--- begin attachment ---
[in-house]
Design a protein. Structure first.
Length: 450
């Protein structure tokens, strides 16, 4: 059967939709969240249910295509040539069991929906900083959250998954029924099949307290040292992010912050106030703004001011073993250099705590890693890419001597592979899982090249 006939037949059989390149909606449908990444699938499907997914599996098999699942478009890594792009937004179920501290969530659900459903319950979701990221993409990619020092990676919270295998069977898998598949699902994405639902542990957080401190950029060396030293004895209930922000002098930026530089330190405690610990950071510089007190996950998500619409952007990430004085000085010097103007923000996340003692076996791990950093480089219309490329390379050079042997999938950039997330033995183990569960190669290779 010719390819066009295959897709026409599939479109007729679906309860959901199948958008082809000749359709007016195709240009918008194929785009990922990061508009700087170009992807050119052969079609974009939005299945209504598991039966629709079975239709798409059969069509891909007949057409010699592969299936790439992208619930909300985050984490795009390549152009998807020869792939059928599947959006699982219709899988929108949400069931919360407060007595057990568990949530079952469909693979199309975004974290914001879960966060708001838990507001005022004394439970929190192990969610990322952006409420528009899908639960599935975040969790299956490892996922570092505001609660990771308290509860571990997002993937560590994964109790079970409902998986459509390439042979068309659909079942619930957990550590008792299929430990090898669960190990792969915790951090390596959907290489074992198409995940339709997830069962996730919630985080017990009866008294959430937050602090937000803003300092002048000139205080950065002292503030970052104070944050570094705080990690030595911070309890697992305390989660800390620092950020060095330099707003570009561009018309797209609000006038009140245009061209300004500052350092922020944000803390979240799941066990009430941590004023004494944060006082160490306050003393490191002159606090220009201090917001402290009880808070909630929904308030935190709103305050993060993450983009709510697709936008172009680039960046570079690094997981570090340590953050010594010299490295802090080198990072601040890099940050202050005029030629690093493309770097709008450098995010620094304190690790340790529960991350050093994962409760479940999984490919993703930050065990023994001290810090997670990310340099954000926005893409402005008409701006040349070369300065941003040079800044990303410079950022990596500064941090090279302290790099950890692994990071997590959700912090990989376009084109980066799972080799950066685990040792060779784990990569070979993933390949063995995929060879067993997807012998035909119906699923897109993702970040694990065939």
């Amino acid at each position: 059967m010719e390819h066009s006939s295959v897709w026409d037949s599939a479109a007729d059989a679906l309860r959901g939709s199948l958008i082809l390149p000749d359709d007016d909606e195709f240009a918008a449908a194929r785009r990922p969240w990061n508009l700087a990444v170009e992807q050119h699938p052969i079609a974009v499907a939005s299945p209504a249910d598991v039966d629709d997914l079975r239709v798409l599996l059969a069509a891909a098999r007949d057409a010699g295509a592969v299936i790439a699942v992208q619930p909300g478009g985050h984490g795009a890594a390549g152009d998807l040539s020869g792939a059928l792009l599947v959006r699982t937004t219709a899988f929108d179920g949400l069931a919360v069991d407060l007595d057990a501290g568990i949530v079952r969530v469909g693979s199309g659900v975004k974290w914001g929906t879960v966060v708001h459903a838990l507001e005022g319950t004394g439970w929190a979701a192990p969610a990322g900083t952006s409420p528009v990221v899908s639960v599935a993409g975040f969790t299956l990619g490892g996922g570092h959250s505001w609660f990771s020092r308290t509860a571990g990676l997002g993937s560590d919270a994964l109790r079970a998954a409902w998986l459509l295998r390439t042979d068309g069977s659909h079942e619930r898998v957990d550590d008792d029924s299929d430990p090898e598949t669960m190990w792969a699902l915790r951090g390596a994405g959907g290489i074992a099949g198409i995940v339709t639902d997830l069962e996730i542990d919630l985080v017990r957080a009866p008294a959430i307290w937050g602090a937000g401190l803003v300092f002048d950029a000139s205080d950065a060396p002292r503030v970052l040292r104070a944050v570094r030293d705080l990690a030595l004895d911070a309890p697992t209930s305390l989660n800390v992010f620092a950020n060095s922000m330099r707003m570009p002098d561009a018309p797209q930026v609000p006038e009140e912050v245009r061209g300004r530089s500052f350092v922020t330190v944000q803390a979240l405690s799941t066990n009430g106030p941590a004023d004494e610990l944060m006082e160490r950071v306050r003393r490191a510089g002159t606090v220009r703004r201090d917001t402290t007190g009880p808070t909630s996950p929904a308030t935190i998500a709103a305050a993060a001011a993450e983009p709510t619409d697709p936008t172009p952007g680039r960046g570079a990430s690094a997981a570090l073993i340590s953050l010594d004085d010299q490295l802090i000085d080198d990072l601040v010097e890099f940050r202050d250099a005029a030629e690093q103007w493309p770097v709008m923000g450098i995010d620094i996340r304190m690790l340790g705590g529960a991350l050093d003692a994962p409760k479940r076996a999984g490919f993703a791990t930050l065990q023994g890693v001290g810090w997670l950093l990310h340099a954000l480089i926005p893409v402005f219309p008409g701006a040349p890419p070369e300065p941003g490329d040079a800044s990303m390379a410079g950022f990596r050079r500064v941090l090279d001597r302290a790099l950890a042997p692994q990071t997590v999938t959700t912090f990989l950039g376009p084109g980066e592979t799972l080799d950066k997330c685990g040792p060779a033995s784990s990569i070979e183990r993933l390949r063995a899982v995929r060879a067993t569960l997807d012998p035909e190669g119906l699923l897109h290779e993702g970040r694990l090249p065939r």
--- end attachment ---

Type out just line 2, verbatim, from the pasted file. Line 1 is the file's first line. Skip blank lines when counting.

Design a protein. Structure first.